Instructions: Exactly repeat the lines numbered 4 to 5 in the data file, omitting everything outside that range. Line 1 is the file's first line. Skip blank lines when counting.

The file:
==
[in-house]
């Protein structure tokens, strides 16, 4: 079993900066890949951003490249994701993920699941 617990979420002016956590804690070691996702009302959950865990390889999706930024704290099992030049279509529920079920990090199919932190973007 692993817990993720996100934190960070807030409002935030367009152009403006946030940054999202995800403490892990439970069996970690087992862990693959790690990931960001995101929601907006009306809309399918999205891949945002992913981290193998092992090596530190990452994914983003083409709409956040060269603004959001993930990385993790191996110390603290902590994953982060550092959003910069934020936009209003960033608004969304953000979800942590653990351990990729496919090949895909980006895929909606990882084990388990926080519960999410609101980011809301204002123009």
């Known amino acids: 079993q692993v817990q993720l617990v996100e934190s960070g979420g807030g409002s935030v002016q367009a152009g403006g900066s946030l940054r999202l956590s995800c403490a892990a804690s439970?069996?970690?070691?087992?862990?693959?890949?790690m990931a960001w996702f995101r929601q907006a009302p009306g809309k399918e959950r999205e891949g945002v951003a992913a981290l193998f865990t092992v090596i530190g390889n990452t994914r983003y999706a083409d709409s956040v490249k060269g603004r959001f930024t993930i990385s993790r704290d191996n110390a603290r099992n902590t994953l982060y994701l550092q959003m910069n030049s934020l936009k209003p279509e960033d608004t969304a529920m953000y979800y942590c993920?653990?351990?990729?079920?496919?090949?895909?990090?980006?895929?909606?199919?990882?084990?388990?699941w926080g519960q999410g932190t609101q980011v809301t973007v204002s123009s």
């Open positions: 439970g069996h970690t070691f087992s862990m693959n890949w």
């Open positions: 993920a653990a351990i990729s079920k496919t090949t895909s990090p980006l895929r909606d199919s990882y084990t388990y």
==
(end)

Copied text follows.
């Open positions: 439970g069996h970690t070691f087992s862990m693959n890949w």
């Open positions: 993920a653990a351990i990729s079920k496919t090949t895909s990090p980006l895929r909606d199919s990882y084990t388990y």